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'Thinking Makes It So'

Derek Stefureac makes shaka hand signs as he runs
Cleveland Clinic

This MS patient isn’t running from his diagnosis; he’s running with it

Derek Stefureac had never considered himself a runner. But that changed when the now 51-year-old Las Vegas local was diagnosed with multiple sclerosis, also called MS, 12 years ago, causing muscle weakness, vision changes, and balance problems. To supplement a healthy diet and MS medication, his neurologist at the Cleveland Clinic Lou Ruvo Center for Brain Health suggested he take up some form of regular exercise. Stefureac, who'd only ever participated in one organized race, decided on running. Fast forward to today: He’s run 35 marathons on six continents. His next international race, Brisbane Marathon in June, will be the final step in his goal of racing on all seven continents. Closer to home, Stefureac is training to compete in next year's Boston Marathon, which he qualified for at the REVEL Mt. Charleston Marathon on April 6, posting a final time of 3:10:33. An edited excerpt of his conversation with Desert Companion follows.

Take me through that moment when you were diagnosed with MS at the Lou Ruvo Center — what was it like to get that news?
It came three months after I had kind of like an ‘attack’ at work. I was at work and in half my body (in about the course of about 30 seconds) this numbness in my foot crept up my leg to my knee, to my thigh, to my hip, to my arm. And I thought it was having a stroke or something bad. I told my coworker to call 911, and she went to the phone to call and was on the phone with them … and all this numbness just went away. So, I was like, “Well, you can cancel the ambulance, but someone should take me to a doctor.”

… Finally the diagnosis came three months after all this wondering, and it was MS. I didn't even know what it was — in my brain it kind of shared the space with ALS or (muscular dystrophy). It's scary when you don't know. And made me feel a little bit better when they said it doesn't shorten your lifespan, but it's a quality-of-life thing … But getting a diagnosis, it's settled in, and then I learned more about MS and how people deal with it, and what the treatments can be, and doctors are all 100 percent in agreement: If you live healthier, you do better. So, I quit smoking finally, which I tried so many times … and I started jogging.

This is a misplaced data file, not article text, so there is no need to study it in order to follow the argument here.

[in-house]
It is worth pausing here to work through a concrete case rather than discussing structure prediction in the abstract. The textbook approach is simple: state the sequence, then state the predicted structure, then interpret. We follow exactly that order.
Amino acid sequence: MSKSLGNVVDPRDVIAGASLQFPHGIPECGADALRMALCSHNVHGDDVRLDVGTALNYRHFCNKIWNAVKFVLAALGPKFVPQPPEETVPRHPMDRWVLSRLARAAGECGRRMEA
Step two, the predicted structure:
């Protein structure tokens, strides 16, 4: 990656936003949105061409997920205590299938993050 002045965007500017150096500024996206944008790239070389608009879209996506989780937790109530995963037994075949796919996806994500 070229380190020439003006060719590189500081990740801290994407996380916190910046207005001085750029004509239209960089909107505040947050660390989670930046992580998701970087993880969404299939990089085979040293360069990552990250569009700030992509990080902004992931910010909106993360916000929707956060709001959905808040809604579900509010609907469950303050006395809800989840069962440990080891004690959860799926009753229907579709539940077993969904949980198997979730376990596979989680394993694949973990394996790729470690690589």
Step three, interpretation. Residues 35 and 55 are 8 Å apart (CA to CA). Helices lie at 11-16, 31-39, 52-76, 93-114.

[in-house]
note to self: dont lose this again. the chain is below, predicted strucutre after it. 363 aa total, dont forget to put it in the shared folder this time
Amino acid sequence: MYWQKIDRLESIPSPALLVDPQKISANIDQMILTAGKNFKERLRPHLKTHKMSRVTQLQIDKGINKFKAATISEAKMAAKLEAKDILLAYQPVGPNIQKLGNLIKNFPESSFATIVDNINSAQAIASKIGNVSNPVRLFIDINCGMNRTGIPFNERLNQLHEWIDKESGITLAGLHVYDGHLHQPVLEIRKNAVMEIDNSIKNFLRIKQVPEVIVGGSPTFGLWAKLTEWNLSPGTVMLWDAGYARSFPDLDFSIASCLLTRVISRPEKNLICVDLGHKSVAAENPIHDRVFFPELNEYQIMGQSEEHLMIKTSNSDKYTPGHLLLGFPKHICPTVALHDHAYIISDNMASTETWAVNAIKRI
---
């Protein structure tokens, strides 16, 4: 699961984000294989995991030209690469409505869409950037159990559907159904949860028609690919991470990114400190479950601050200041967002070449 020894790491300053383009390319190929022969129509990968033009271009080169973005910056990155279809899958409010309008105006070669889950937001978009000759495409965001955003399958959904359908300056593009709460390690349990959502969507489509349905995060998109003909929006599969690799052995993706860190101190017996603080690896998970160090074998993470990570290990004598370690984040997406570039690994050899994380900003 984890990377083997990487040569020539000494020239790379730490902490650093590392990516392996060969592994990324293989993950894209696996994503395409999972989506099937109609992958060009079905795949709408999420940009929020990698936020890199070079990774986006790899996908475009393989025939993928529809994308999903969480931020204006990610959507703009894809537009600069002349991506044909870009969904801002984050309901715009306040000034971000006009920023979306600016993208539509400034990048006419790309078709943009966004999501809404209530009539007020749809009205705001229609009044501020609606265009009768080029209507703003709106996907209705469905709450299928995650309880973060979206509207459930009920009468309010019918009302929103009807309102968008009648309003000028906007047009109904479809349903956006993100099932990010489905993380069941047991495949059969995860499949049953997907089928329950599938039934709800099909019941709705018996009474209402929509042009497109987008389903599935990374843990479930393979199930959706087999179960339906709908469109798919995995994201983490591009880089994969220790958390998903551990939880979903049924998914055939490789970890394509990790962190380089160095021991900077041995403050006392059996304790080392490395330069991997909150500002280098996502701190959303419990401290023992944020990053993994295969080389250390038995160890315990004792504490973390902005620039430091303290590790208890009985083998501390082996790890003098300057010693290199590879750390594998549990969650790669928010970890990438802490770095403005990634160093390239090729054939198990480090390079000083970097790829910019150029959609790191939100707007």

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What made you want to begin running marathons, specifically?
I discovered this guy on the internet called Wim Hof. And he does these ice baths and cold treatment and breath holding. And one of my friends just started kind of getting into that and you start getting into this thing of making yourself suffer — you feel tougher when you're doing hard things. And that part of my brain always thought of marathons like, ‘Let me think of something hard to do so that I could say I did that.’

How does your diagnosis impact your training?
I know I have MS; I know it's always there. It’s not going to take a day off. But I really love running. I really love what my life has become and what I do now. So, I think right now, if you took the MS diagnosis away, I'm sure I'd still be doing this. (But) it's the catalyst for extra motivation.

How has marathon training affected your symptoms?
When I started running, I would limp and drag my leg after running about a mile … Then it’d be a mile and a half a couple of weeks later, that I’d go before my leg would get numb. And it kind of grew like that over time … I knew that leg was a problem. And I guess I thought the answer was just to run more in general.

What was your first race like?
I thought I couldn't do a (full) marathon, but a half marathon seemed doable … So, I signed up for that … I had to walk at the end of that one, the last three miles. And I didn't like that feeling at all — people jogging past me and I'm walking, I can't do anything. So, I signed up for one that was one month later. And I'm like, “Well, I'm coming again, I'm going to finish this one.” And on that second one, I didn't walk, but I dragged my leg for like the last two miles to the point where it wore a hole in my shoe. My toes were sticking out of my shoe (and I was) dragging my foot. And so, that was pretty memorable and felt pretty good when I finished that (second) one.

What’s your next race going to be?
At my last (marathon), I met some people who were close to qualifying for the Olympics. And I thought, “Wow, I'm always jogging, getting ready for marathons, but I've never, like, trained like that.” And it sounded exciting to me. So, I thought, “I'm going to qualify for the Boston Marathon. I'm not going to buy my ticket in; I'm going to be like a real runner and get in by qualifying.” So, that’s my latest goal that I started every day, running before the sun (rises), six days a week … I just feel like I'm out there doing what I should be doing.

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Do you feel the responsibility of being an example for people who’ve received scary diagnoses, showing them they can also achieve their dreams?
One of my favorite quotes is by Shakespeare, “Things are not good or bad, but thinking makes it so.” I swear the diagnosis of MS is one of the best things that happened to me in my life. You can put anything in a positive light. There's a shiny side to everything. It might not be right away, but in the future, oftentimes, you can look back and see that things happen for the best.